Unconditionally. Except…

I’ve been feeling like the worst mom lately. Not in the “my house is a mess,” “I’ve been feeding my kids only processed foods” way. Although…that too… In the “I don’t deserve my children, because I’m hurting them emotionally, psychologically” way.

I wrote in my last post about struggling with Griffin’s ADHD in combination with my burnout/depression/anxiety.

Which, kinda feels like saying, I struggle with Griffin in combination with myself.

Which…feels accurate.

Lately, and possibly because he’s five and a half, in kindergarten, and sooooo cool, Griffin and I have been butting heads.

Like, leave us both in tears butting heads.

I’ve never fought with my first born the way we currently are. He’s screaming and telling me he doesn’t like me–or love me, on one particularly awful day– while kicking walls, lashing out, knocking things over. He’s frustrated to the point of shaking and tears.

I’ve been frustrated to the point of doing things I don’t want to do. I’ve made an effort as a parent to be more gentle in my parenting than I was parented. I’m not dissing my parents, I just don’t think it’s an effective method for my children. The day he told me he didn’t love me, I told him to go to time out, and when he blew a raspberry to me at that suggestion, I grabbed his arm so hard, and drug him to the corner, where I spanked him as well.

Now, please know that I am not against spanking in principle. But. This wasn’t one of the times it was necessary. I did it because I was out of control. Or, Griffin was. Or, most accurately, the situation was. I spanked him because I was mad. I was mad because I felt like he wasn’t listening to me, or doing what I asked. He felt unheard and angry because he felt like I was ignoring his wants.

Today was hard. Like. Fucking hard.

I had to coach one act this morning, and when G got to practice at 7:30, (yes, AM, we have to practice in the morning), it was fine. Then I asked about his AR book, and he was reading it. It was more challenging than previous books, so I was trying to help. But I was also trying to coach. He was getting frustrated because I was telling him to sound words out, or to try words again. This all came to a head when he was reading to me, but I had to direct my students. He screamed, “STOP INTERUPPTING ME!” I replied, loudly, but not screaming. “This is my fucking job.” My kids snickered.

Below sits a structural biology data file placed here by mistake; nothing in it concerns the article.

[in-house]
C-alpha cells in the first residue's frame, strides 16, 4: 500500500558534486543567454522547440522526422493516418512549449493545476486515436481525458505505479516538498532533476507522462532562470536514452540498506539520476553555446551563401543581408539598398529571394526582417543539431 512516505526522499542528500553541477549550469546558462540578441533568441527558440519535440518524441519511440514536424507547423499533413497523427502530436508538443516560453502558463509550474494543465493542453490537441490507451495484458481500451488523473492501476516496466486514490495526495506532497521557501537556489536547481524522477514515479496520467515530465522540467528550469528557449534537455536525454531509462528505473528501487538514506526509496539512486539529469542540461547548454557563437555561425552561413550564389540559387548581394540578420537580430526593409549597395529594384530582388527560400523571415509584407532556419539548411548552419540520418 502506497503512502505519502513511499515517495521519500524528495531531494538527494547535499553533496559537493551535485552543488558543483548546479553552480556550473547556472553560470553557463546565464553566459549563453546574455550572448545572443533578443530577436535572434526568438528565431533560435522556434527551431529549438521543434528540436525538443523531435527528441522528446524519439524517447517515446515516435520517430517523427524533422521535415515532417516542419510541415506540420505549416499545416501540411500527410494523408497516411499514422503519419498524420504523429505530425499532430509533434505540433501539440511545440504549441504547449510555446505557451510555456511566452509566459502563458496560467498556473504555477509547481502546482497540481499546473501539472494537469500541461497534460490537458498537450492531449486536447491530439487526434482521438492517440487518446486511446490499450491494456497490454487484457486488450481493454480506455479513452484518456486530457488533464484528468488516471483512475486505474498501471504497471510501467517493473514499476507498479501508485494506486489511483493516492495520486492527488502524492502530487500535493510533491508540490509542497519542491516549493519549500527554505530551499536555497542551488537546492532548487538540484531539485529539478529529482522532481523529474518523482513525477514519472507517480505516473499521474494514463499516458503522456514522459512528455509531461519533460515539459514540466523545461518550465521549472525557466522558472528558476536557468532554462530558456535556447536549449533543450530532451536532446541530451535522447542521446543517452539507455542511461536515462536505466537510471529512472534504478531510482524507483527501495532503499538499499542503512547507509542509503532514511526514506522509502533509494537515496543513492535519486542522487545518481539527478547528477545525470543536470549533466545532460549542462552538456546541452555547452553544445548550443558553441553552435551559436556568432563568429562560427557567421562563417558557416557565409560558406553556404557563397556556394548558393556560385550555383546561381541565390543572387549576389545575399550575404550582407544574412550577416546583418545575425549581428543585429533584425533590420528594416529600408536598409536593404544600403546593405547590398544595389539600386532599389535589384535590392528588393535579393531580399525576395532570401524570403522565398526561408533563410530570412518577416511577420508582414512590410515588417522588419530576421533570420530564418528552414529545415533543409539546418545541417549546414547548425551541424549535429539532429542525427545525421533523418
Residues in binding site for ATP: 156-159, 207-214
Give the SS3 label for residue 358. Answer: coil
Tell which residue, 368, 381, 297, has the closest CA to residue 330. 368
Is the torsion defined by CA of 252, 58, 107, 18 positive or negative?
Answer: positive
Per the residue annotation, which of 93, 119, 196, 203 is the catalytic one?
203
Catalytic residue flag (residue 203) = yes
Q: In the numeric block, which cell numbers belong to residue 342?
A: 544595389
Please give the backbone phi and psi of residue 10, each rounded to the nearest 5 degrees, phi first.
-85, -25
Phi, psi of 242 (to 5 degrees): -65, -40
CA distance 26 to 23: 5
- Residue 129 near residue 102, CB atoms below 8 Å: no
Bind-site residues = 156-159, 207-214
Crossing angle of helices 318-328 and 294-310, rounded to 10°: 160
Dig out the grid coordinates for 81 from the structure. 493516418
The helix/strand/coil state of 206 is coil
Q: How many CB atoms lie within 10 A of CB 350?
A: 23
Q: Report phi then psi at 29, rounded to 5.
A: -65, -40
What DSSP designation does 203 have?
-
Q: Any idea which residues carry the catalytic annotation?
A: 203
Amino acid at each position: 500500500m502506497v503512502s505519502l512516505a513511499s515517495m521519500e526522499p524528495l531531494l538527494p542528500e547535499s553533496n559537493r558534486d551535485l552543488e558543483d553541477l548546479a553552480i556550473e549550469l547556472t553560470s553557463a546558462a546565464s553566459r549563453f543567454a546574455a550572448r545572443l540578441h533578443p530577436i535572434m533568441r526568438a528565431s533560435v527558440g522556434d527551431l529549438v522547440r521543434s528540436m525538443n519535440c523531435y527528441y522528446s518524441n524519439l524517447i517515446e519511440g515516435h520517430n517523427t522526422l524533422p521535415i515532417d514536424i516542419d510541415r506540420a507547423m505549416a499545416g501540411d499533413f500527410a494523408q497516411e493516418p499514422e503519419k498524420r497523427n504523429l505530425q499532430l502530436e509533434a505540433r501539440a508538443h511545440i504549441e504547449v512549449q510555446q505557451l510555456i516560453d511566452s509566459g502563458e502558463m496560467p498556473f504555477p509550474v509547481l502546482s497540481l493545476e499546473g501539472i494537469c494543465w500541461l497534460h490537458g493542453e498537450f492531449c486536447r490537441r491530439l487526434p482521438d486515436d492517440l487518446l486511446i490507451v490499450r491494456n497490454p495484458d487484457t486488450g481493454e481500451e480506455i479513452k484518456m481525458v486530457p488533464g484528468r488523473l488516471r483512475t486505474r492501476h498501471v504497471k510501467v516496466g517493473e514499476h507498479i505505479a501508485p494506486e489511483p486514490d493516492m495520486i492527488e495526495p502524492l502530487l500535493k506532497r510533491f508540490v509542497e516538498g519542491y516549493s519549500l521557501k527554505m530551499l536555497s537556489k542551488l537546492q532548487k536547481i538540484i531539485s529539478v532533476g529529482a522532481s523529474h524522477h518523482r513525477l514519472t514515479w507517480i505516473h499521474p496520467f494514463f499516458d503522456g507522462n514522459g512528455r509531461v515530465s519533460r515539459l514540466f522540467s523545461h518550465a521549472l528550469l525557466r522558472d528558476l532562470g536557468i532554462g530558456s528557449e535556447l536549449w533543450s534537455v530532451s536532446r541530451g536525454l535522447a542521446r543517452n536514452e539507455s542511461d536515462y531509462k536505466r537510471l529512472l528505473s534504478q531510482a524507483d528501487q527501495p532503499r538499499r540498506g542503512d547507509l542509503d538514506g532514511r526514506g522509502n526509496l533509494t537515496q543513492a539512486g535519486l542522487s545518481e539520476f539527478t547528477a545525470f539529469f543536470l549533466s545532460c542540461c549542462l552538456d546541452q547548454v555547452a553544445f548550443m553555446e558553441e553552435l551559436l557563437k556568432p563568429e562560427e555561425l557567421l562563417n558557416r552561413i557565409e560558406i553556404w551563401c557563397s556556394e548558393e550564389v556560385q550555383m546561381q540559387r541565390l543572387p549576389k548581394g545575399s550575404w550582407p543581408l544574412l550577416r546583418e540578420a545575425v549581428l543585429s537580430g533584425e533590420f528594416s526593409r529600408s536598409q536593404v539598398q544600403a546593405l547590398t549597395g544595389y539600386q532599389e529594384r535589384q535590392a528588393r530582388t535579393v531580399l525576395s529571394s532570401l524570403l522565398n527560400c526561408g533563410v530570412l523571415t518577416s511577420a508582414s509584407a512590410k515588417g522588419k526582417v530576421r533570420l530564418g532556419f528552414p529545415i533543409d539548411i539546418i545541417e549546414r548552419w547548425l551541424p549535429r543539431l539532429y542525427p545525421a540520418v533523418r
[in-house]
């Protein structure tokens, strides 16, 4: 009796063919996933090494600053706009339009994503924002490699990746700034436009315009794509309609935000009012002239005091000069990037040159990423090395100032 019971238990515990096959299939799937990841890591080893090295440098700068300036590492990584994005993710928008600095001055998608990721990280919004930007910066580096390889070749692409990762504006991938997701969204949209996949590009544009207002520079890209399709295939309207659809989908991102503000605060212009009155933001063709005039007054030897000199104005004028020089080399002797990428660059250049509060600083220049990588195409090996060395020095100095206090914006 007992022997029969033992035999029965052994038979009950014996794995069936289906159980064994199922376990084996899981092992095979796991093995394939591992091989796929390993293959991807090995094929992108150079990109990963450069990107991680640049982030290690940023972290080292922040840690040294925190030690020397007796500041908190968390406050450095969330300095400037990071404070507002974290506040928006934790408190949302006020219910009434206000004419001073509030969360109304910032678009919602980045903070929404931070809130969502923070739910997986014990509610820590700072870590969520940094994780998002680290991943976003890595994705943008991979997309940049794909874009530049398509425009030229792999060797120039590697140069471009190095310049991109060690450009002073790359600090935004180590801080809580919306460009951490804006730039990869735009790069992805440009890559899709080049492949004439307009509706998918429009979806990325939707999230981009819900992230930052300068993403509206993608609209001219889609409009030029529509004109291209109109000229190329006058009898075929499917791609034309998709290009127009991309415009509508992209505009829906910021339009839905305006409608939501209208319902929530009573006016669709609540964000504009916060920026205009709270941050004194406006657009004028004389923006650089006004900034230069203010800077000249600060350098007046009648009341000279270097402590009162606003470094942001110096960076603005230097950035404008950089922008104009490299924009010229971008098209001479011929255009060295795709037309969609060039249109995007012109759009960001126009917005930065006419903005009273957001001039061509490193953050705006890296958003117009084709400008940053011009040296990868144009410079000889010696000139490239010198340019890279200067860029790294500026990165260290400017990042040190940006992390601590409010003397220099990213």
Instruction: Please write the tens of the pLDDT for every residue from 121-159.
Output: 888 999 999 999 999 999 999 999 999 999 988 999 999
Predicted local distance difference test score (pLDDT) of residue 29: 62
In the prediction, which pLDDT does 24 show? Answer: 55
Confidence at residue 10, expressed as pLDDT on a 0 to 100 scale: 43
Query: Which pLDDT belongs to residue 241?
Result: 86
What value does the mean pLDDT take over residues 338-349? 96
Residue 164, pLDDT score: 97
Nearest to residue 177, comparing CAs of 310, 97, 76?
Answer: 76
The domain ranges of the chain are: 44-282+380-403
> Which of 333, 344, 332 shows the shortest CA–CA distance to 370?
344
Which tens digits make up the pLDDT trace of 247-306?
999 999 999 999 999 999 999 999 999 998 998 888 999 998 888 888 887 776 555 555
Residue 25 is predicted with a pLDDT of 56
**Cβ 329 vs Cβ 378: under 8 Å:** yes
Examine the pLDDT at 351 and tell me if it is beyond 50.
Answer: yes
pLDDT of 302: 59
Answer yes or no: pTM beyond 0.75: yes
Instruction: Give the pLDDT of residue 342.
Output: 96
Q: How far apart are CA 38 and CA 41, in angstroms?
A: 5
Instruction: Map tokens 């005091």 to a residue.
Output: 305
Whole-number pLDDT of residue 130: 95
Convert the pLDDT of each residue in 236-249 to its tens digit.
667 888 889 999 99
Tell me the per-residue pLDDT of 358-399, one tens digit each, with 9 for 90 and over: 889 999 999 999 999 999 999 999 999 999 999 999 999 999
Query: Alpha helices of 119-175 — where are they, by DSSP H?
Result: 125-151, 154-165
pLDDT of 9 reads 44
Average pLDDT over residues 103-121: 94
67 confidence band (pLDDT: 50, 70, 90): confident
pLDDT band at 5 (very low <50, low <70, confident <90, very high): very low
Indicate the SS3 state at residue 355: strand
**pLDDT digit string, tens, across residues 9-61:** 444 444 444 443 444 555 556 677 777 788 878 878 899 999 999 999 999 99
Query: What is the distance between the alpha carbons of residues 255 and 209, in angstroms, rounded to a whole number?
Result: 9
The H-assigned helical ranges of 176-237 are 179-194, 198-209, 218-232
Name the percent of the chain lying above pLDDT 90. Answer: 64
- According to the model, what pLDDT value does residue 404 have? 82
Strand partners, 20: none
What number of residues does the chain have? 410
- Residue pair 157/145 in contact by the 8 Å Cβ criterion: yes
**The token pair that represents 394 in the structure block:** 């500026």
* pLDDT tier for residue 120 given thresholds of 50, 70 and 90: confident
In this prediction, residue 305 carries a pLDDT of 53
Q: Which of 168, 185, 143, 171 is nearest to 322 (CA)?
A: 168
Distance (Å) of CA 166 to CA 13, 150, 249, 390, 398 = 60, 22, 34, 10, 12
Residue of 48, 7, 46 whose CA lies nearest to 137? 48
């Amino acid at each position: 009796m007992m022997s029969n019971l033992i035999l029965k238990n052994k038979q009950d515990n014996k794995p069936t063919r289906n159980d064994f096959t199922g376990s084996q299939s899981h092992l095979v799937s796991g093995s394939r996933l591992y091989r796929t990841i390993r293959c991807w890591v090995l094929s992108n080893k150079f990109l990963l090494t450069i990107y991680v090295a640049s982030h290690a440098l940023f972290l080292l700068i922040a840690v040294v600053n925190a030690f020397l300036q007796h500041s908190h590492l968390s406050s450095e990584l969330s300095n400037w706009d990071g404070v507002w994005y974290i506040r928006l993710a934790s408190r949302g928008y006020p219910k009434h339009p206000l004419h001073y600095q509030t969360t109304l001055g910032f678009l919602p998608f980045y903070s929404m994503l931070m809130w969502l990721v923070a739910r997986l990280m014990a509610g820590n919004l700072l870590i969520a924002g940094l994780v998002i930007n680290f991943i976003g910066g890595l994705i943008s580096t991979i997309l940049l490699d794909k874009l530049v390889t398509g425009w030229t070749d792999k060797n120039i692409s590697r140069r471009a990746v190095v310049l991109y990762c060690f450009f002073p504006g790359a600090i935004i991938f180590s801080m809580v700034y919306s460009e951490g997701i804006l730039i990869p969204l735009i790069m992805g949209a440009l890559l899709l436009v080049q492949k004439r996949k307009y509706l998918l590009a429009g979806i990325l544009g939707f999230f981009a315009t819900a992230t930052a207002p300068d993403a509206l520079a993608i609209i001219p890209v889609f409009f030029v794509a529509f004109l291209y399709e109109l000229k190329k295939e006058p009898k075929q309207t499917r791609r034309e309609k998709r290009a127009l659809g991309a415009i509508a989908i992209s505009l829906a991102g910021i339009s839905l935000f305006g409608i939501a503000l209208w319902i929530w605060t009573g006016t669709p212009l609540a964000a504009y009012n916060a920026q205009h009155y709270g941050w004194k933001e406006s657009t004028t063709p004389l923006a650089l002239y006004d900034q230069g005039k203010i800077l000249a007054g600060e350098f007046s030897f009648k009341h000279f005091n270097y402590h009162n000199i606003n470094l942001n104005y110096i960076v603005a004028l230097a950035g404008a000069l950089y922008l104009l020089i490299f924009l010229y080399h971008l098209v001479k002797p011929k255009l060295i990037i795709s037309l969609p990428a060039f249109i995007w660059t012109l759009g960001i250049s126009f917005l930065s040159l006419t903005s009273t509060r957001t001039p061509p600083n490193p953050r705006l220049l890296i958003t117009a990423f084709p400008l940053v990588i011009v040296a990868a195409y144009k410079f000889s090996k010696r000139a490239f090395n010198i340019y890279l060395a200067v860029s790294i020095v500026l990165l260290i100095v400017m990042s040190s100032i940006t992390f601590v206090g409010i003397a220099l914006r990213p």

Clearly one of my finer moments as a teacher and a mom.

He’s five. He doesn’t understand “job”. But, I was so angry that when he asked for help again, I told him he needed to apologize first, to which he rolled his eyes. This continued on. At the end of the practice, I took a deep breath and said, “You know how Mrs. Teacher’s Name, teaches you? Talks to you, and helps you? That’s what I do, that’s why I had to talk to the kids even though you were reading to me.” He replied, with wisdom past his years, “I get frustrated when you interrupt me.”

Fair. I hate being interrupted too.

Then, our days went on. I knew this morning that it was going to be a spacey one: he was off task, jumping from idea to thought and back, while reading to me.

After school, on the way home, he was informing me that his Christmas concert was tomorrow. I said, no, next Friday. Eight days.

He rolled his eyes and told me I wasn’t listening. So, I took a deep breath and said, okay, tell me again. He told me “I’m over all this talking.”

I was crying before we got into the house.